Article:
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Meet the WritersImage of Eric Carle
Eric Carle
Ever since he began innovating the look and function of children's stories in the late 1960s, Eric Carle has remained an author whose stories reliably hit the bestseller lists and remain on kids' bookshelves through generations.

He began as a designer of promotions and ads, and one illustration of a red lobster helped jump-start his career. The lobster caught the eye of author Bill Martin, Jr.; Martin asked Carle to illustrate the now-classic 1967 title Brown Bear, Brown Bear, What Do You See? and a career was born.

Born in Syracuse, New York but brought by his immigrant parents back to Germany when he was six, Carle was educated in Stuttgart and designed posters for the United States Information Center there after graduating from art school. He finally returned to the country he missed so much as a child in 1952.

He eventually began procuring work on children's titles, and found himself becoming increasingly involved in them. "I felt something of my own past stirring in me," he wrote in a 2000 essay. "An unresolved part of my own education needed reworking, and I began to make books -- books for myself, books for the child in me, books I had yearned for. I became my own teacher -- but this time an understanding one."

He began his career with the 1968 title 1, 2, 3 to the Zoo; but his next title, The Very Hungry Caterpillar, is what still endears him to young readers today. Employing his bright, collage style and lending an immediacy to the tale by manifesting the caterpillar's hunger in actual holes in the pages, Carle began what would be a long career of creative approaches to simple stories. From the chirp emerging from The Very Quiet Cricket to the delightful fold-out pages in Papa, Please Get the Moon for Me, Carle's books provide surprises that make his stories come alive in ways that many titles for preschoolers do not.

Carle's style, with its diaphanous, busy and bold artwork, is perfect for engaging new readers. His stories are also popular with parents and educators for their introductions to the natural world and its cycles. It's a particular pleasure to follow Carle into different corners of the world and see what can be learned from the creatures who live in them.   (Christina Nunez)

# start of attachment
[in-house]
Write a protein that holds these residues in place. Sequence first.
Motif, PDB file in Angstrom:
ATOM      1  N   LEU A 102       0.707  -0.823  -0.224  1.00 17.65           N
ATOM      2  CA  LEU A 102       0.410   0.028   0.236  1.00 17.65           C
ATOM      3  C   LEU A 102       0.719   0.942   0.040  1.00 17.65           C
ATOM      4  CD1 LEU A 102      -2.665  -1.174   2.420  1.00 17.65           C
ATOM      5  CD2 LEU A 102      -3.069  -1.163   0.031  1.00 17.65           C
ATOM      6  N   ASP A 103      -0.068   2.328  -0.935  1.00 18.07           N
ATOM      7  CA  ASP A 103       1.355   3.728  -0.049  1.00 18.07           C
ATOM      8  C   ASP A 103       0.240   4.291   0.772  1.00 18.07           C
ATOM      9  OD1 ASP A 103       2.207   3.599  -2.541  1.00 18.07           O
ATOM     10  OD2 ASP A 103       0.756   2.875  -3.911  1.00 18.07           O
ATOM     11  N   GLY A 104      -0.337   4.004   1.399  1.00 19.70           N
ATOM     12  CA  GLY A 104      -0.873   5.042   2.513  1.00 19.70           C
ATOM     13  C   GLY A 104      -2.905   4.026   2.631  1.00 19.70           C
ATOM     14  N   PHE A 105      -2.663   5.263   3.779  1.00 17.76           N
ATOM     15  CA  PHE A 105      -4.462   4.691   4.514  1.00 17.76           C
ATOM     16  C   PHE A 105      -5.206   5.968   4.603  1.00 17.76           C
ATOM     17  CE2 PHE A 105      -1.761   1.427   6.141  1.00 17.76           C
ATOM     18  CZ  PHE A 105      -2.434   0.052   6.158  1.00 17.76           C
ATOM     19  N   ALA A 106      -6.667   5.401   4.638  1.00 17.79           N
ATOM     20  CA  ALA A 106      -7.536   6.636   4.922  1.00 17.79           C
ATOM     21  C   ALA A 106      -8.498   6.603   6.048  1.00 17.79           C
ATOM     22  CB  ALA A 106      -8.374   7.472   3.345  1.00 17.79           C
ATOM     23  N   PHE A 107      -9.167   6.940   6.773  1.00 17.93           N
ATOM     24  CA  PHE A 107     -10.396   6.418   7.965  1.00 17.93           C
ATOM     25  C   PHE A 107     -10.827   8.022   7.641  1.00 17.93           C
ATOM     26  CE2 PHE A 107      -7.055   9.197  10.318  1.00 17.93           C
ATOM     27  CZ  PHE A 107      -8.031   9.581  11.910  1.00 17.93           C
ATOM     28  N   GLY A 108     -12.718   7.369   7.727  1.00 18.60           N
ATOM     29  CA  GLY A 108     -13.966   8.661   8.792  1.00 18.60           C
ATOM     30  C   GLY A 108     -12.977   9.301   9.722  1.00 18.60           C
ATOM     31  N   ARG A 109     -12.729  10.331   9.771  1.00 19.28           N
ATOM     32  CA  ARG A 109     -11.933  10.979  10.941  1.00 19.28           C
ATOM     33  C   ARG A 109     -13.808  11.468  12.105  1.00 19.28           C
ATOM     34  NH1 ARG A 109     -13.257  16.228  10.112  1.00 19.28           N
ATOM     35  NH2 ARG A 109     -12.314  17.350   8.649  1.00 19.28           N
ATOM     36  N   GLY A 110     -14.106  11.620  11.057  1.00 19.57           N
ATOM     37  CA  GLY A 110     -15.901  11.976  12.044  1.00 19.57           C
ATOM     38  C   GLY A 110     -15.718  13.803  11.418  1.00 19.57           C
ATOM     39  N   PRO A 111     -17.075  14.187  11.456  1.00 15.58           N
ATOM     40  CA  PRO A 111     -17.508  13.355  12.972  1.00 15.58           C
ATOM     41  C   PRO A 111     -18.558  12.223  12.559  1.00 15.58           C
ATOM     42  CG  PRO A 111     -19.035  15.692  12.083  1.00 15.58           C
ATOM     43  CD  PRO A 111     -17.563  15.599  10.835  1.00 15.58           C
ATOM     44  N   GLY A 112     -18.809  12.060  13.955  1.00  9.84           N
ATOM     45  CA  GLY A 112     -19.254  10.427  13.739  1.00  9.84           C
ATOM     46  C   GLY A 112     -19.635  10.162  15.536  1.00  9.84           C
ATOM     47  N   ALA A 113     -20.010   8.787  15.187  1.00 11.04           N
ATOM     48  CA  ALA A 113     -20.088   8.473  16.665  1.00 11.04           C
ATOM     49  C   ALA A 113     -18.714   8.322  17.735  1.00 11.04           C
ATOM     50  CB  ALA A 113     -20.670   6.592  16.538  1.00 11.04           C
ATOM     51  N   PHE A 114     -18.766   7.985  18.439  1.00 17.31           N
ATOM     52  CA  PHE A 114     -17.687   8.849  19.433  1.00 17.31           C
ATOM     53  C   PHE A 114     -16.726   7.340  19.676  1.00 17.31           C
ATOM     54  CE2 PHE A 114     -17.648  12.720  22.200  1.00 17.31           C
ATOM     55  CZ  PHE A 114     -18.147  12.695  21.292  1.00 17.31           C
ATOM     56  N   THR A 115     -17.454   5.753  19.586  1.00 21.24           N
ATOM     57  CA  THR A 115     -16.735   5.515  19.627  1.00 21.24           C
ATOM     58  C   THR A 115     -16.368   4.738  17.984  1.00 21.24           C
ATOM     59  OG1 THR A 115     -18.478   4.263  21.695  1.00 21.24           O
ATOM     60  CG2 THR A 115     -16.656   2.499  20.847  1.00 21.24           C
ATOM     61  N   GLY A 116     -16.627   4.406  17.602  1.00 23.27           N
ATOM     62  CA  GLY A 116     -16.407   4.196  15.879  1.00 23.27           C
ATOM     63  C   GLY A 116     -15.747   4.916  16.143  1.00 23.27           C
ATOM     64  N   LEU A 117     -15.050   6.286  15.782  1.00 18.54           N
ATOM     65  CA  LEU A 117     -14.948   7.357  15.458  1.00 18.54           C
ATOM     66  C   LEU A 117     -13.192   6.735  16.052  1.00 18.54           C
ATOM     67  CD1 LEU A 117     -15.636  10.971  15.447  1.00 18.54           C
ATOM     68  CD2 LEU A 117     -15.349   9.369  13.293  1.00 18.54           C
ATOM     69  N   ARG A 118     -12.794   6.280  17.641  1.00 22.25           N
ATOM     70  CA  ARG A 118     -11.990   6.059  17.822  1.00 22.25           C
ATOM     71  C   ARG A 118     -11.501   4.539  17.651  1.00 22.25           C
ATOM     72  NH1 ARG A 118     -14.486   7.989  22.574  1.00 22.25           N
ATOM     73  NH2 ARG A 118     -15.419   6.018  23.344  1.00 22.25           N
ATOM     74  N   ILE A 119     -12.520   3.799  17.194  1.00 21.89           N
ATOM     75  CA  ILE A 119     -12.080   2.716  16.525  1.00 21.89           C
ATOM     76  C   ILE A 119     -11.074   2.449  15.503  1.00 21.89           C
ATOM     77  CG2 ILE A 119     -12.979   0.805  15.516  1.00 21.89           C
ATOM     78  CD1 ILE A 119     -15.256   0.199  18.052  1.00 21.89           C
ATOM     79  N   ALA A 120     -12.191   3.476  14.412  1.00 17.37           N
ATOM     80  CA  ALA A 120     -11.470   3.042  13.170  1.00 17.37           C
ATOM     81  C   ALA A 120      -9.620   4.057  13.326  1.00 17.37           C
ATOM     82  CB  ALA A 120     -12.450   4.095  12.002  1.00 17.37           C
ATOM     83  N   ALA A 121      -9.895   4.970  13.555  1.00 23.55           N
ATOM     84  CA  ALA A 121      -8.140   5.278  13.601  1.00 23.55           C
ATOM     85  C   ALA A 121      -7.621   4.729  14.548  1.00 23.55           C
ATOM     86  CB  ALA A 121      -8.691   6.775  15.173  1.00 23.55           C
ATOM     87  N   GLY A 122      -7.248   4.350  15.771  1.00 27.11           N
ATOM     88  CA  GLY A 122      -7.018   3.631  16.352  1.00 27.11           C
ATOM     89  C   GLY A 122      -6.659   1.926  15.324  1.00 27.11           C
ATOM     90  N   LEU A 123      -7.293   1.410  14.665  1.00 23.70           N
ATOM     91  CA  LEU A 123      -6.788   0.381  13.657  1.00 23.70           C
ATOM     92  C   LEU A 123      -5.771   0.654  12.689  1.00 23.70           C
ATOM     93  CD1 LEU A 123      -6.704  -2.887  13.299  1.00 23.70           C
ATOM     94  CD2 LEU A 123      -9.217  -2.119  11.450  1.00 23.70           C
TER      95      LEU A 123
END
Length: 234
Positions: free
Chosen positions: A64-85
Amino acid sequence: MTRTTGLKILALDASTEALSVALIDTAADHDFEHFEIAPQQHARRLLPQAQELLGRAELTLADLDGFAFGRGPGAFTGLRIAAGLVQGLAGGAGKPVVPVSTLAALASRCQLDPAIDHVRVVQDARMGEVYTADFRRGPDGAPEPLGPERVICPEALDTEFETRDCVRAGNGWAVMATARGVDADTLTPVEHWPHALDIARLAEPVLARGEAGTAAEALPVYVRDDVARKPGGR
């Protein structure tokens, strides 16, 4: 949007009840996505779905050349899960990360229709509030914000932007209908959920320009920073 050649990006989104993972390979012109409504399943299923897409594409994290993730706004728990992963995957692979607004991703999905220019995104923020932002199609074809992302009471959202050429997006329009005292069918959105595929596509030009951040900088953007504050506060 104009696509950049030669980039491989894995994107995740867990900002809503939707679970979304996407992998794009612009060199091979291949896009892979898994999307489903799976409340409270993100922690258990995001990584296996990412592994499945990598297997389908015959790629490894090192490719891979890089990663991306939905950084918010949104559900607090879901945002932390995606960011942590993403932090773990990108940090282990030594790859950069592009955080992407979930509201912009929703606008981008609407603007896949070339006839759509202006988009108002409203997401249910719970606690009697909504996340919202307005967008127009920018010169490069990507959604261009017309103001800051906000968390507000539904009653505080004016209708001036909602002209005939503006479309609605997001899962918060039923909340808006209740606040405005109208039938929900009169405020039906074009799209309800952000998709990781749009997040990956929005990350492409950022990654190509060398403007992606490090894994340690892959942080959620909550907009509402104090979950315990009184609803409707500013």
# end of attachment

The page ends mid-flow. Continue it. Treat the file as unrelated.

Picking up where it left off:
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Good to Know
Regularly asked where he gets his ideas, Carle is quoted on his publisher's web site as responding: "Of course, the question of where ideas come from is the most difficult of all. Some people like to say they get ideas when they're in the shower. That's always a very entertaining answer, but I think it's much deeper than that. It goes back to your upbringing, your education, and so forth." He does say, however, that the idea for The Very Hungry Caterpillar came when he whimsically began punching holes in some paper, which suggested to him a bookworm at work. His editor later suggested he change the bookworm to a caterpillar, and the rest is history.

Carle was unhappy to be in Germany when his immigrant parents brought him back there as a child. He hated his new school and wanted to go back to America. He said: "When it became apparent that we would not return, I decided that I would become a bridge builder. I would build a bridge from Germany to America and take my beloved German grandmother by the hand across the wide ocean."

Before he became a freelance illustrator and began working on children's books, Carle worked as a graphic designer for the New York Times and as art director of an ad agency.

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In 1999, Carle spoke with Barnes & about his inspirations, his stories, and what was potentially his last "Very" book, The Very Clumsy Click Beetle.

From The Very Hungry Caterpillar to The Very Lonely Firefly, Eric Carle's bestselling "Very" books have dazzled and delighted kids everywhere. Now Carle's created a brand-new "Very" book about a clumsy little click beetle who can't seem to land on his feet. However, when it matters most, he finally succeeds -- saving his own life in the process. This winning story of perseverance and pride in achievement also has an ingenious, interactive surprise -- a hidden sound chip provides an audible "click" each time the reader turns the page.

How did you come up with the idea for The Very Clumsy Click Beetle?
I like little bugs and insects, and I know that they have become my signatures -- but it's not an artificially arrived-at signature. I grew up fascinated by little worms, bugs, and insects. I suppose my father had a lot to do with it.... In our walks around the garden, he would point out these little insects to me. Maybe it was because in Germany we didn't have elephants, giraffes, or other large animals, so I had to settle for liking little creatures-ants, worms, and bugs. But don't you think that most little boys and little girls seem to have an interest in them, too? There are so many surprising things about insects -- their life cycles, for instance. Some, like cicadas, take seven years to hatch, and then only live for a week or so! Why would nature do that? Recently, I was reading about butterflies, and to my surprise, I discovered that one species is carnivorous! It eats other insects. And ants are amazing! There are so many different kinds of ants in the same colony, each with its own specialization -- builders, fighters, food hunters, and harvesters -- some even build mushroom cellars! Fascinating!

The click beetle might seem at first like a dull little guy, but it has this remarkable ability to flip through the air, and I found that very interesting. I learned that adult click beetles have this wonderful ability, but do you know that they land on their feet only 50 percent of the time? One out of two attempts is not successful. Don't you think that's strange? What did nature have in mind when it designed a bug that has only a 50 percent chance of getting out of harm's way?